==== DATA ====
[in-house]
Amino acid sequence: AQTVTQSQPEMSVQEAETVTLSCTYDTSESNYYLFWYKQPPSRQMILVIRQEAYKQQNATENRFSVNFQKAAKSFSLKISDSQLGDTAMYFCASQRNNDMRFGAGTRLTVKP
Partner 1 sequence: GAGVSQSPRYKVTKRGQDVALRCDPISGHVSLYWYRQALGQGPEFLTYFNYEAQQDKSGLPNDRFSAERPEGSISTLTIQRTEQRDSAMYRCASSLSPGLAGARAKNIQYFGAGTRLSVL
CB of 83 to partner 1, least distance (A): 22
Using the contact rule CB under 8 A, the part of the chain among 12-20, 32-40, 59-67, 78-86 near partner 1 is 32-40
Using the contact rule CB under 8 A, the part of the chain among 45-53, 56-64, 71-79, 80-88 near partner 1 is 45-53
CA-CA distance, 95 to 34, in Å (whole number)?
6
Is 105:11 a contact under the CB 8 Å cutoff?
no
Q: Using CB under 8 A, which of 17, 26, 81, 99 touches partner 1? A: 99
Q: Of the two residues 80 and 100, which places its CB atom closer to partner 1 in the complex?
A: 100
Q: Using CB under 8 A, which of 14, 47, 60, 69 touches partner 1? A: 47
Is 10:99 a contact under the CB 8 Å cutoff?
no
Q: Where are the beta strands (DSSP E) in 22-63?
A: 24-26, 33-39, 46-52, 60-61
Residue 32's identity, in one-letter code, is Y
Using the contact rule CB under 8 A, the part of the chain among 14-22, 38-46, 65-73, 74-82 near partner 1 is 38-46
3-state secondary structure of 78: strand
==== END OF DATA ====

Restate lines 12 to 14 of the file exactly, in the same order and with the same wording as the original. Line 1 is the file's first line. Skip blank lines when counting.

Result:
Q: Of the two residues 80 and 100, which places its CB atom closer to partner 1 in the complex?
A: 100
Q: Using CB under 8 A, which of 14, 47, 60, 69 touches partner 1? A: 47